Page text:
Transforming Easytrip with a comprehensive and sustainable long-term design strategy

ET Mobile

I worked closely with the CTO, C-level executives, and key stakeholders to craft and execute a long-term design strategy

Easytrip, a prominent player in the Irish transportation industry, was established with the primary goal of simplifying travel for the Irish motoring community. It is a collaborative effort between Egis Projects and Electro Automation, capitalising on their extensive expertise spanning more than 15 years in electronic toll collection, car parking solutions, and access systems. In 2005, Easytrip became the first independent provider of electronic tolling services in Ireland. This commitment to innovation continued in 2008 when Easytrip acquired Eazy Pass from National Toll Roads. Subsequently, in 2009, the services were seamlessly rebranded as "Easytrip," consolidating their presence and making travel more convenient for all.

I was engaged to assist Easytrip with several challenges and opportunities.

Easytrip was determined to adopt a consistent design language, streamline customer service, launch a strong mobile presence and enhance their overall operational efficiency. Recognising the crucial role of design in achieving these goals, we embarked on formulating a comprehensive design strategy.


The need for a holistic design strategy became evident. Aiming to align design efforts with broader business objectives, we adopted an approach that regarded the entire Easytrip ecosystem and its products as a whole. The ultimate aim was to craft a seamless, interconnected experience by understanding how each part contributed to the overall business.

Numerous workshops involving C-level executives and key stakeholders not only identified primary objectives and goals but also ensured alignment of expectations. The design strategy centred on three fundamental principles: Empowering Easytrip customers, Embracing opportunities, and Enhancing operational efficiency. With these principles as our guiding compass, we delineated our goals and objectives, ultimately pinpointing three pivotal projects.

Goals and objectives were defined
Three pivotal projects were identified

There were several significant challenges

Designing the process

An effective approach to collaborating with in-house, remote and contracted engineering teams was crucial, particularly as I was also working remotely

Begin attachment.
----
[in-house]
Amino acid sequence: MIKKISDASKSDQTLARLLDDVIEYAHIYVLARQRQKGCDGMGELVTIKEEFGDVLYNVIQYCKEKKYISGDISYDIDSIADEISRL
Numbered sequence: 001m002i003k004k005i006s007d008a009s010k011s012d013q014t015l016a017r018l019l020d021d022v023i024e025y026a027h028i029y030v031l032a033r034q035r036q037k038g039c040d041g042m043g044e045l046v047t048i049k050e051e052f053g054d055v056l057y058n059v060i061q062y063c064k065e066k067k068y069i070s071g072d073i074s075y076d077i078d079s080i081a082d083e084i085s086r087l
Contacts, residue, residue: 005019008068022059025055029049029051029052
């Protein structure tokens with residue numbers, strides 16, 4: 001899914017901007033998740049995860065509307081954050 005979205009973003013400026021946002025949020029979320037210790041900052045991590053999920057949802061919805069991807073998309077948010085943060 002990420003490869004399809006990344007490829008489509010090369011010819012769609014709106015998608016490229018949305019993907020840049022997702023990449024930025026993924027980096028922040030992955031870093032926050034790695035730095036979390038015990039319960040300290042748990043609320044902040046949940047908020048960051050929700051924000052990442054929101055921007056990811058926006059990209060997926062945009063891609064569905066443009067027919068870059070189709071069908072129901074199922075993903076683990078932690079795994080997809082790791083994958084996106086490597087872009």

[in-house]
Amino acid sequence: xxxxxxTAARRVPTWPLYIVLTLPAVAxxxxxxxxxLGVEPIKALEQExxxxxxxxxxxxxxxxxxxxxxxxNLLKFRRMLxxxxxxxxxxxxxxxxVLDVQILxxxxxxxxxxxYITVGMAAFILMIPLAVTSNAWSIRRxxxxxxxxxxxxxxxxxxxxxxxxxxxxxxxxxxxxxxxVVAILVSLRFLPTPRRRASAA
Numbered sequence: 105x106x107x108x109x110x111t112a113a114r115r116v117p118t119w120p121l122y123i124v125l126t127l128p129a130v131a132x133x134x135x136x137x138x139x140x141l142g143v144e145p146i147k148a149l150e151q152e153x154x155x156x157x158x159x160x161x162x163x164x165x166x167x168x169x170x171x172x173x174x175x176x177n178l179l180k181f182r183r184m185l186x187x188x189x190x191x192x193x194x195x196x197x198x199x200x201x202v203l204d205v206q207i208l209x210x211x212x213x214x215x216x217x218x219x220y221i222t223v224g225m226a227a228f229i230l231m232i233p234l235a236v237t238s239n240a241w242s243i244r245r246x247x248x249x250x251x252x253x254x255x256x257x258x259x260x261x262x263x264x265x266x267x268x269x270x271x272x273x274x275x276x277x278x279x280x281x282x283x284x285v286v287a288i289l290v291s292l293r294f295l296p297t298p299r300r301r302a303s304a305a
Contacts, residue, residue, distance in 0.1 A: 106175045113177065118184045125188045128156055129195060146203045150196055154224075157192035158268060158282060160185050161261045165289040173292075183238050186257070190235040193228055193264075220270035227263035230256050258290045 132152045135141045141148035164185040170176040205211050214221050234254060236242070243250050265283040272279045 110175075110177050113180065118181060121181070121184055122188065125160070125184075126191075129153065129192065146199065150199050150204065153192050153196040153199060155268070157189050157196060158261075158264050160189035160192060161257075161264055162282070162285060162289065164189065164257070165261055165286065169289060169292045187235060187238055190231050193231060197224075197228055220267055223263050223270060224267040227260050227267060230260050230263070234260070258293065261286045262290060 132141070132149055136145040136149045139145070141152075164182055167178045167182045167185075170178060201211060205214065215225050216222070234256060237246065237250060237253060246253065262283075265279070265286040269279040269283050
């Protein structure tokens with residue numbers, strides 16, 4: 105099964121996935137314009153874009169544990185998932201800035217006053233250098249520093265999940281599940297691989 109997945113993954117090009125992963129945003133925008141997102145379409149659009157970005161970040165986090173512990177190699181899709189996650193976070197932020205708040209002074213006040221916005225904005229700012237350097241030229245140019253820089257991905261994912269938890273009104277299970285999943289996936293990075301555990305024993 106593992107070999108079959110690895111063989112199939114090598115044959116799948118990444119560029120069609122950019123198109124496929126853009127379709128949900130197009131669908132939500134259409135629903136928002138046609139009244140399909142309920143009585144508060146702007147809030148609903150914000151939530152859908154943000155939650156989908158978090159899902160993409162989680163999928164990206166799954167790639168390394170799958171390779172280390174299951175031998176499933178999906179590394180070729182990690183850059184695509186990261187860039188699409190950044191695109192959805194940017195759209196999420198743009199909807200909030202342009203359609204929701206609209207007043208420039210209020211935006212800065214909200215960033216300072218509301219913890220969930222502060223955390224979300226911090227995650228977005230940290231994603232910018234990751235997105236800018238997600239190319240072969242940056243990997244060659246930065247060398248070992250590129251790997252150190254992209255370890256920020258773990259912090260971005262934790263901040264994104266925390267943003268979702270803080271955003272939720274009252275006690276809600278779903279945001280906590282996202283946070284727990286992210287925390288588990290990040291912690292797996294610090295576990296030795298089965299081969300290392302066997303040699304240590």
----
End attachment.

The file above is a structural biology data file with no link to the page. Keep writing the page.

In an ideal scenario multiple cross-functional teams would have been utilised. However, this was explored and ultimately unfeasible. Instead, we created a cross-functional lead team comprised of individuals from each function who worked together within that team but who also acted as a lead for each respective wider functional team. At all levels it was agreed that defining a way of working, whatever that may be, was important as a conduit for great work on all fronts.

Cross-Functional Lead Team
Gathering insights

Initial discovery research was crucial despite budgetary constraints

Both the budget and timeline acted as challenging obstacles to insights gathering and testing. The cross functional lead team, comprising highly skilled experts in their respective fields who had a strong and well-defined vision, recognised the importance of collecting insights in the early stages. Consequently, we devised a plan to leverage the wealth of knowledge within the customer service department, where agents interacted with customers on a daily basis. We employed a combination of qualitative interviews with the agents and phone questionnaires conducted by agents with customers. This in-house resource proved invaluable for initial insights gathering. Additionally, we delved into quantitative research, scrutinising extensive data and analytics. Simultaneously, we conducted a comprehensive competitor analysis matrix to assess the competitive landscape and then we drilled down into main competitors, both at home and abroad, to identify key functionality and products.

Competitor Analysis Templates

The competitor analysis documents are confidential, but the templates above were utilised.

User testing

We refined ideas by sharing high-fidelity click-through prototypes early in the process

As we commenced the ideation phase, I employed co-creation workshops to generate initial sketches and concepts with key stakeholders. Since I was the sole product designer and had a strong rapport with the CTO, management, and engineers, it was pragmatic in this context to expedite the process by transitioning directly to high-fidelity layouts. I then employed the use of click-through prototypes for in-house corridor testing. The insights gathered from these tests were then incorporated back into the designs. Later, we observed user sessions in real time using session replays from PostHog in order to continually improve and monitor the success of the end products.


An early success set the tone for the design strategy launch

The Easytrip brand was displaying signs of aging. Although a complete rebrand wasn't feasible due to the complexities of sharing the brand with the French division of the organisation, it was evident that a refresh was necessary. We opted for a subtle approach to modernisation, avoiding a full rebrand. This involved simplifying the brand and adopting a more contemporary shade of blue. The new brand received a positive reception and marked an early success in the project. It garnered praise from both employees and management, setting an excellent tone for the launch of the new design strategy.

ET Logo
ET New Logo

Internal CRM system for agents

The first project involved replacing an outdated legacy CRM system with a modern, efficient one. This initiative was driven by a need to improve internal processes and reduce billing-related calls, and enhance efficiency. The new system was designed to be more user-friendly, efficient and importantly, much faster, which helped reduce errors and improve productivity. We also integrated the new CRM system with other tools, such as the customer portal and mobile apps, to provide a seamless experience for customers. The impact was profound. The new CRM system reduced billing-related calls by 90%, allowing employees to focus on higher-value tasks.